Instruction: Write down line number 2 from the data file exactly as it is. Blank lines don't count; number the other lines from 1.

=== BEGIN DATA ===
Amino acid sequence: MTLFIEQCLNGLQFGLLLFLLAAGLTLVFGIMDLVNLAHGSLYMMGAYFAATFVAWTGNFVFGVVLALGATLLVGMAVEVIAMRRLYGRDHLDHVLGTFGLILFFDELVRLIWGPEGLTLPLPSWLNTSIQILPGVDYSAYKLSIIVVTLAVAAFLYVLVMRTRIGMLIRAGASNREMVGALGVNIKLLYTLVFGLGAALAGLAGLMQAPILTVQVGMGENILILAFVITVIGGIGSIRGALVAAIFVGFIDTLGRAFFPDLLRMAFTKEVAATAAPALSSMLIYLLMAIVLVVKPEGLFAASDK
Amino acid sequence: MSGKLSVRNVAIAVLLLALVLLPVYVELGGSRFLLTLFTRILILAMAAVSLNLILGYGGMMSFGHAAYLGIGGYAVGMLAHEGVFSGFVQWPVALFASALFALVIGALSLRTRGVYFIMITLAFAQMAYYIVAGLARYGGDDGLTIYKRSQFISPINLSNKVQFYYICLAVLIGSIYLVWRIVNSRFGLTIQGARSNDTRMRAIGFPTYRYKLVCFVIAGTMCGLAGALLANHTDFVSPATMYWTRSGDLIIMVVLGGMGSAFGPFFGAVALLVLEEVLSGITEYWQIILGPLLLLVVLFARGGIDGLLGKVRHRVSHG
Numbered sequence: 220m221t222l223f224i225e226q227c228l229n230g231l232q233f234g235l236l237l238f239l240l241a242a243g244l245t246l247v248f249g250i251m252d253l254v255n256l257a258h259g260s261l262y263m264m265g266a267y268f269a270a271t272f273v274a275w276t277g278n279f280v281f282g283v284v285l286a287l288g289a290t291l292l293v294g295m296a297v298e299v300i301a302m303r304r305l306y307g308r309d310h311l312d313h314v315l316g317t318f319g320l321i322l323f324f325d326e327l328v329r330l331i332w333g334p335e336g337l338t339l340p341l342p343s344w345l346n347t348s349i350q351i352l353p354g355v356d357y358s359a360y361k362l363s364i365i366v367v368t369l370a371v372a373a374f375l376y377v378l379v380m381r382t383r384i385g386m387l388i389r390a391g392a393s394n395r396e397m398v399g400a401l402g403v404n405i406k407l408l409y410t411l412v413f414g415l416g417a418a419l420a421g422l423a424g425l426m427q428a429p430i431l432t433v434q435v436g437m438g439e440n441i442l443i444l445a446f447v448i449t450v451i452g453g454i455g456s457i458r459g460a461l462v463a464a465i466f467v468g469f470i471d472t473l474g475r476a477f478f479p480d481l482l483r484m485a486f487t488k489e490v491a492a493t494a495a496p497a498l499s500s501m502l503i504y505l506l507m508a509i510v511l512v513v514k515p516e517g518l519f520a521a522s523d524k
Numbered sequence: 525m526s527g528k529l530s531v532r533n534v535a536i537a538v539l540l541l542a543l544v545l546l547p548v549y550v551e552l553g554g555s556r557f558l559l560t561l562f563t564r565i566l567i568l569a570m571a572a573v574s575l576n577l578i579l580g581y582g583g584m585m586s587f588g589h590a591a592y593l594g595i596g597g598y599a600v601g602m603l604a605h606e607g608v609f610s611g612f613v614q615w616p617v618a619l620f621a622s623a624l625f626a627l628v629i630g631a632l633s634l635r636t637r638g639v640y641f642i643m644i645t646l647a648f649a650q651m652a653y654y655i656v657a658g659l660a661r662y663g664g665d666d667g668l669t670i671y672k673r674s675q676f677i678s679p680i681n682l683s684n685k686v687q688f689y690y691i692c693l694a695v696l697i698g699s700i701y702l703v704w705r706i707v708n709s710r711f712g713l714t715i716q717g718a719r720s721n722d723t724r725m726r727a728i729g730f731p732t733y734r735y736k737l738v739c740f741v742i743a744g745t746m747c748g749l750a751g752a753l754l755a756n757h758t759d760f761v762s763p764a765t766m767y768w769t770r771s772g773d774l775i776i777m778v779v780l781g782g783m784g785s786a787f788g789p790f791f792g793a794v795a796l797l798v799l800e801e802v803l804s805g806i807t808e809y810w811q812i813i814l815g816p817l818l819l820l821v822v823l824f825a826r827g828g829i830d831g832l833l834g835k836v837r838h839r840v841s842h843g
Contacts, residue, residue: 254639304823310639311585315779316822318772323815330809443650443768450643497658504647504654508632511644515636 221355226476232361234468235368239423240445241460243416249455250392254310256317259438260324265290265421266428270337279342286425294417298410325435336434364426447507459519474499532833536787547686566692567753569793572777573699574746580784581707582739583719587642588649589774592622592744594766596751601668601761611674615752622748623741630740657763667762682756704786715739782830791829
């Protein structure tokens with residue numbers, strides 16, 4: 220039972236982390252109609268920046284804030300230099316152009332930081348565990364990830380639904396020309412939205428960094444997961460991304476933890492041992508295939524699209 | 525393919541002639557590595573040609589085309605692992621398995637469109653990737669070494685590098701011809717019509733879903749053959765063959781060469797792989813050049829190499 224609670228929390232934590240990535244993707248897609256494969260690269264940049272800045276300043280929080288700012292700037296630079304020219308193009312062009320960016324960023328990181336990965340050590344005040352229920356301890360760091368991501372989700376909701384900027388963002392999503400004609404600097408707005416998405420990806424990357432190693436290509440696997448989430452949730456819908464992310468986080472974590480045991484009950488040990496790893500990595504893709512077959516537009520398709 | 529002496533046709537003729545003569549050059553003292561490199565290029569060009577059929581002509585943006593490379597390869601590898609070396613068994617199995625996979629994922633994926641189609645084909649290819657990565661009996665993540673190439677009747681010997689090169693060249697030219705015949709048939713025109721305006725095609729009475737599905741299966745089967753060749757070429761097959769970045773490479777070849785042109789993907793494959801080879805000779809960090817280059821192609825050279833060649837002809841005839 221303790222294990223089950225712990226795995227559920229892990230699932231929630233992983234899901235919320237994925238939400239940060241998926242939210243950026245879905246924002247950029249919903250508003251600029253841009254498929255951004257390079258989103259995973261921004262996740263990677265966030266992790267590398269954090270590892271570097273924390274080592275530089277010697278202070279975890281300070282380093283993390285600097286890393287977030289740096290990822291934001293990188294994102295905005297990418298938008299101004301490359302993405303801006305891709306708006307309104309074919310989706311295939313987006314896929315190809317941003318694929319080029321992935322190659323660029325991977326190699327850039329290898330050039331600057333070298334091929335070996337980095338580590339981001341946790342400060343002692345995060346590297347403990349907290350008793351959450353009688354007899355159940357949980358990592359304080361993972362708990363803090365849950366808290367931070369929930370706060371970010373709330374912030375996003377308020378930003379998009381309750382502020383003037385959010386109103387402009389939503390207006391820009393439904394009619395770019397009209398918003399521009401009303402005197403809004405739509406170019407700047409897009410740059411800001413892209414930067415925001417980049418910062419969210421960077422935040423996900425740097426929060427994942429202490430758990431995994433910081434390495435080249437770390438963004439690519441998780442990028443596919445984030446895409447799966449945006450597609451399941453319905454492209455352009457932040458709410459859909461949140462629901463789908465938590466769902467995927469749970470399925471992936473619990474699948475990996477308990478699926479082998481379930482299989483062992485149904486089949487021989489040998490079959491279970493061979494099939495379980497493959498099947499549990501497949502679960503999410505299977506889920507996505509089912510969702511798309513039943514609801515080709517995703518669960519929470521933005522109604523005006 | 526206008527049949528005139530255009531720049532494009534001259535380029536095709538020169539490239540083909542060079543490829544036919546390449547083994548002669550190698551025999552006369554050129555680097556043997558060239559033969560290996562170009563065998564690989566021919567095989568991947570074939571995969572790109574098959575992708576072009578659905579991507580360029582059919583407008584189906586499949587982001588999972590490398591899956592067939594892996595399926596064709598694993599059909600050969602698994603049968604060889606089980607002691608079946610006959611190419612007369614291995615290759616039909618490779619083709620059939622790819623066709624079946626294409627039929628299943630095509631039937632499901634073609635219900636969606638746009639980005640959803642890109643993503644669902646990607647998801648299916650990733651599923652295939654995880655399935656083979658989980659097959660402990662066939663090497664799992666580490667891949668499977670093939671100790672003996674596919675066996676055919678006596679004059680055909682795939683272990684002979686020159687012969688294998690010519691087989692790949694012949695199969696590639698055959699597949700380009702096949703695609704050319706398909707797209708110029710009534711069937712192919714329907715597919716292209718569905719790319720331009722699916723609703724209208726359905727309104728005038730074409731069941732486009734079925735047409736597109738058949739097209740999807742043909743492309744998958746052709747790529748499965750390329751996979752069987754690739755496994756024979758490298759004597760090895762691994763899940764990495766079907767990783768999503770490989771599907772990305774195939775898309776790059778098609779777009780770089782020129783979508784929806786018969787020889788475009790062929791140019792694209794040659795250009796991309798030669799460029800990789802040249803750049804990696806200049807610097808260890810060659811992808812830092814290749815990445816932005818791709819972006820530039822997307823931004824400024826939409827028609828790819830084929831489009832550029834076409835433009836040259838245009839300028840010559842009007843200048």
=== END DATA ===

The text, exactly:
Amino acid sequence: MSGKLSVRNVAIAVLLLALVLLPVYVELGGSRFLLTLFTRILILAMAAVSLNLILGYGGMMSFGHAAYLGIGGYAVGMLAHEGVFSGFVQWPVALFASALFALVIGALSLRTRGVYFIMITLAFAQMAYYIVAGLARYGGDDGLTIYKRSQFISPINLSNKVQFYYICLAVLIGSIYLVWRIVNSRFGLTIQGARSNDTRMRAIGFPTYRYKLVCFVIAGTMCGLAGALLANHTDFVSPATMYWTRSGDLIIMVVLGGMGSAFGPFFGAVALLVLEEVLSGITEYWQIILGPLLLLVVLFARGGIDGLLGKVRHRVSHG